We had originally applied for Saturday and we were denied, but decided to enter Friday for Sunday and still go to Yosemite and hope for the best,” Kirk says. “We actually got cell phone reception on top of Clouds Rest and our permits came through.”

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Credit Rachael Kirk
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The group of 85 hikers and climbers were rescued off of Half Dome over a 5 hour period.

After hiking the over seven miles to the base of Half Dome Kirk and her two friends Alexa and Travis began the cable ascent up one of the most sought after treks on the globe.

“Alexa was too scared to do the cables so she stayed back,” Kirk says. “I got maybe 100 feet up and decided it was too hard and I wasn’t going to do it.”

But when the blaze became too much Kirk and her friends were forced to climb the 400 feet to the makeshift helipad where she’d be rescued.    

“You had really advanced climbers and people who’d done Half Dome multiple times or people who just weren’t scared who were coaching everyone through it,” Kirks says.  “There was one woman who had severely freaked out on the way up and someone had strapped her in with a rope to a carabineer and basically carried her up the mountain.”

For Kirk the climb turned out to be the adventure of a lifetime.

“I actually was lucky enough to do a helicopter ride of the Grand Canyon and I can honestly say that doing a helicopter ride of Yosemite was . . . I don’t want to say 10 times more beautiful but was definitely a unique and amazing experience,” Kirk says.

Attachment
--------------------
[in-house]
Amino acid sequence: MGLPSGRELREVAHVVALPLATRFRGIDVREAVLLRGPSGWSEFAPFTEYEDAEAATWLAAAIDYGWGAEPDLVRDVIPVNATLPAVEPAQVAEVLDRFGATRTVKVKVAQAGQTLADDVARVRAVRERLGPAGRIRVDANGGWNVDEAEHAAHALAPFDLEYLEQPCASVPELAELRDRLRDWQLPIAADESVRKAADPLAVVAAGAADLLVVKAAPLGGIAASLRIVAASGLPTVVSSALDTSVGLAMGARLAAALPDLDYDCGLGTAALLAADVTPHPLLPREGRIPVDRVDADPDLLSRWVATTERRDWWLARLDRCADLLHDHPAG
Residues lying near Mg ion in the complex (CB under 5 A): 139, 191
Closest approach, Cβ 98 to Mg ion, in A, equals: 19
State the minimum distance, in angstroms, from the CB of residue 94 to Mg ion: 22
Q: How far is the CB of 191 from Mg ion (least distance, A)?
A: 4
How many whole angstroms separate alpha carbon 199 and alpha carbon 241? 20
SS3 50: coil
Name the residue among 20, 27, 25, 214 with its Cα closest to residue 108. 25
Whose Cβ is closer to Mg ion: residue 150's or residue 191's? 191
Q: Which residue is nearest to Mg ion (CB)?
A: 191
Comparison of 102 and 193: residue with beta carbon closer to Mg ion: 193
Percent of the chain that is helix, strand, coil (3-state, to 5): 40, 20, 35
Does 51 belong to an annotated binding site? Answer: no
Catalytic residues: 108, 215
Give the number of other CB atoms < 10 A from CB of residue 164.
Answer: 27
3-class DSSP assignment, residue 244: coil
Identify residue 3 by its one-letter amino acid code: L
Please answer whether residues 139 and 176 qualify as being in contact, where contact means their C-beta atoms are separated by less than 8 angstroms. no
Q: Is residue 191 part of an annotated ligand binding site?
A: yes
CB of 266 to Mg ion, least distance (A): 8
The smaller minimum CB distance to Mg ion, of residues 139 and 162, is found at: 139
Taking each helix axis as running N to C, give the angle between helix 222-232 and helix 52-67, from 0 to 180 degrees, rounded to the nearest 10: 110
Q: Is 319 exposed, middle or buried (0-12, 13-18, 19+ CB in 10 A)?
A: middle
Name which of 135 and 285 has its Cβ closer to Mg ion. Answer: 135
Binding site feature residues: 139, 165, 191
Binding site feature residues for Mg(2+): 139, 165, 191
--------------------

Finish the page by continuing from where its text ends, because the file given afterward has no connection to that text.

And Kobb with Yosemite says a public helicopter ride over the park does not happen often.

“I actually talked to a couple people who were able to be helicoptered off of Half Dome and even Little Yosemite Valley and even though their hiking trips got cut short they still got this once in a lifetime amazing experience on a helicopter flying over Yosemite Valley,” Kobb says.

And for those 185 hikers and climbers who were helicoptered out Sunday they witnessed a view that very few do.

Correction: The first draft of this story stated Rachael Kirk's age as 22, but was erroneous and her age is actually 26. 

Joe Moore is the President and General Manager of Valley Public Radio. During his tenure, he's helped lead the station through major programming changes and the COVID-19 pandemic, while maintaining the station's financial health. From 2010-2018 he served as the station's Director of Program Content. In that role, he also served as the host of Valley Edition, and helped launch and grow the station's award-winning local news department. He is a Fresno native and a graduate of California State University, Fresno.
Ezra David Romero is an award-winning radio reporter and producer. His stories have run on Morning Edition, Morning Edition Saturday, Morning Edition Sunday, All Things Considered, Here & Now, The Salt, Latino USA, KQED, KALW, Harvest Public Radio, etc.